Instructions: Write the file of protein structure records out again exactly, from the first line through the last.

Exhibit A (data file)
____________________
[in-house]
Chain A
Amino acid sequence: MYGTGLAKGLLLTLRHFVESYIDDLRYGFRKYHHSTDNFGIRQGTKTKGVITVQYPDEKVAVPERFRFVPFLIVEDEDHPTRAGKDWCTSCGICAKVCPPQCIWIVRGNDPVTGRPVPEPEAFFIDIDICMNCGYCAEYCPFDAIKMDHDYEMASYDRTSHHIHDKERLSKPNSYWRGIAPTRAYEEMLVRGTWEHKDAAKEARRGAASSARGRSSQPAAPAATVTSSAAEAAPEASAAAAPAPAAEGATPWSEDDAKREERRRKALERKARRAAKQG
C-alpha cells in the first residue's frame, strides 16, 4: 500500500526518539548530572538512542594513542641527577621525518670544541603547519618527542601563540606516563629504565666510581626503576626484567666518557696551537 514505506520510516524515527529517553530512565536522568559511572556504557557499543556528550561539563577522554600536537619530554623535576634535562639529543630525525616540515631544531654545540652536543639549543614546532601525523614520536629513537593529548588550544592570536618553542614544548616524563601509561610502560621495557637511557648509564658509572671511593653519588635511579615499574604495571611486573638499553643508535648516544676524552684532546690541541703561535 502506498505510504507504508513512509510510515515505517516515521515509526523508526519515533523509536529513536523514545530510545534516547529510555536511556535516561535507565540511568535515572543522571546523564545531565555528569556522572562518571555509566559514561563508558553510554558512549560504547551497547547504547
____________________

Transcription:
[in-house]
Chain A
Amino acid sequence: MYGTGLAKGLLLTLRHFVESYIDDLRYGFRKYHHSTDNFGIRQGTKTKGVITVQYPDEKVAVPERFRFVPFLIVEDEDHPTRAGKDWCTSCGICAKVCPPQCIWIVRGNDPVTGRPVPEPEAFFIDIDICMNCGYCAEYCPFDAIKMDHDYEMASYDRTSHHIHDKERLSKPNSYWRGIAPTRAYEEMLVRGTWEHKDAAKEARRGAASSARGRSSQPAAPAATVTSSAAEAAPEASAAAAPAPAAEGATPWSEDDAKREERRRKALERKARRAAKQG
C-alpha cells in the first residue's frame, strides 16, 4: 500500500526518539548530572538512542594513542641527577621525518670544541603547519618527542601563540606516563629504565666510581626503576626484567666518557696551537 514505506520510516524515527529517553530512565536522568559511572556504557557499543556528550561539563577522554600536537619530554623535576634535562639529543630525525616540515631544531654545540652536543639549543614546532601525523614520536629513537593529548588550544592570536618553542614544548616524563601509561610502560621495557637511557648509564658509572671511593653519588635511579615499574604495571611486573638499553643508535648516544676524552684532546690541541703561535 502506498505510504507504508513512509510510515515505517516515521515509526523508526519515533523509536529513536523514545530510545534516547529510555536511556535516561535507565540511568535515572543522571546523564545531565555528569556522572562518571555509566559514561563508558553510554558512549560504547551497547547504547